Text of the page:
News archive - 2014

Study uncovers why almost winning is just as good for some gamblers

A new study led by the University of Exeter and Swansea University has pinpointed the changes in the brain that lead gamblers to react in the same way to near-misses as they do to winning.

New study combats depression in carers

Psychologists from the University of Exeter are trialling an innovative new type of support to help relatives and friends who care for stroke survivors – with studies showing that currently one in three become depressed or suffer other mental health problems.

Politicians to be offered new service for tapping the latest academic research

A national consultation about a pioneering scheme to provide British politicians with unparalleled access to the very latest academic research has been launched.

Evidence Based Research to help our Veterans and families

CEDAR and the Mood Disorders Centre are pleased to announce that they have been asked to be a leading part of Help for Heroes Hidden Wounds Psychological Support Programme, a 2.7 m consortium project that aims to provide evidence based psychological support for veterans and families.

Friends with many benefits

Dr Lauren Brent, a post doc in the Centre for Research in Animal Behaviour in Psychology, has had her paper on the evolution of friendship published in New Scientist.

Celebrating IAPT - Past, Present and Future

The beginning of July saw CEDAR welcome colleagues from all over the UK to join us to celebrate 6 years of High Intensity IAPT training and look to the future of IAPT across the UK through a day’s conference, hosted by Professor Eugene Mullan and Dr Rachel Handley.

Exeter psychologist gives expert evidence on head injury and re-offending link

A University of Exeter psychologist will today give evidence to the Justice Committee of the Scottish Parliament calling for recognition of the connection between head injury and re-offending.

New study takes the shine off magpie folklore

Magpies are not attracted to shiny objects and don’t routinely steal small trinkets such as jewellery, according to a new study.

Why plants in the office make us more productive

‘Green’ offices with plants make staff happier and more productive than ‘lean’ designs stripped of greenery, new research shows.

Skin colouring of rhesus macaque monkeys linked to breeding success

Skin colour displayed amongst one species of monkey provides a key indicator of how successfully they will breed, a new study has shown.

Eureka moments between the sciences and the arts

Exeter academics have secured two of seven research awards to explore the cutting edge relationships between the sciences and the arts and humanities.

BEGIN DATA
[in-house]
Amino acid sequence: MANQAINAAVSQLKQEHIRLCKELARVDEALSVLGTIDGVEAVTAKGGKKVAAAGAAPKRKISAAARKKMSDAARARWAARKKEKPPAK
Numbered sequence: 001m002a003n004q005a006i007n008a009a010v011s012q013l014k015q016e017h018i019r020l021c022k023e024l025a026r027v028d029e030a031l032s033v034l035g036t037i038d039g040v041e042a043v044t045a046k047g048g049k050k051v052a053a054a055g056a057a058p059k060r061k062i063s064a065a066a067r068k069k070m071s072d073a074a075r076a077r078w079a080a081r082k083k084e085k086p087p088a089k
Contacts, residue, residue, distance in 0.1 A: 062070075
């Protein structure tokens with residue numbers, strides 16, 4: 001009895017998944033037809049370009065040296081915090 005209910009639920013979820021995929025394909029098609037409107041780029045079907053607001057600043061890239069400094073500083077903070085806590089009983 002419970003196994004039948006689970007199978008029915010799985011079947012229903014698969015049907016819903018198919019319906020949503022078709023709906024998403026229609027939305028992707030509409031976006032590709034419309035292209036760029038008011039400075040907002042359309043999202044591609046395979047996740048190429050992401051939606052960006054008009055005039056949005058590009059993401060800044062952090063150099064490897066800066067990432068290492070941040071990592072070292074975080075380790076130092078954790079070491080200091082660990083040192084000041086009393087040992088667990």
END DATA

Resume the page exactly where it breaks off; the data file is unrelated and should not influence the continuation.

Study shows sharks have personalities

Some sharks are ‘gregarious’ and have strong social connections, whilst others are more solitary and prefer to remain inconspicuous.

Mindfulness: What we have done and where we are going

A flagship event for disseminating Mindfulness research was held in September in Exeter as part of an initiative to share information about recent mindfulness research at the University of Exeter.  

Creatively exploring mental health

A workshop to increase awareness of alternative approaches to treating mental illness and fostering wellbeing is being held at St Stephen’s Church, High Street Exeter on Friday 7 November. 

Brain’s response to threat silenced when we are reminded of being loved and cared for

Being shown pictures of others being loved and cared for reduces the brain’s response to threat, new research from the University of Exeter has found.

Macho stereotypes put off men as well as women

Some men are being driven away from macho occupations like surgery and the Royal Marines because they don’t feel that they are ‘man enough’, according to new research.

What really helps women achieve a good work-life balance?

Professor Michelle Ryan delivers keynote at prestigious conference on what really helps women achieve a good work/life balance.

Training elderly in social media improves well-being and combats isolation

Training older people in the use of social media improves cognitive capacity, increases a sense of self-competence and could have a beneficial overall impact on mental health and well-being.

CLES research rated internationally excellent in latest national assessment

CLES research has been rated as world-leading or internationally excellent in the first assessment of the research quality of UK universities since 2008, the Research Excellence Framework (REF).

Bees able to spot which flowers offer best rewards before landing

Bumblebees are able to connect differences in pollen quality with floral features, like petal colour, and so land only on the flowers that offer the best rewards, according to a new study by researchers at the University of Exeter.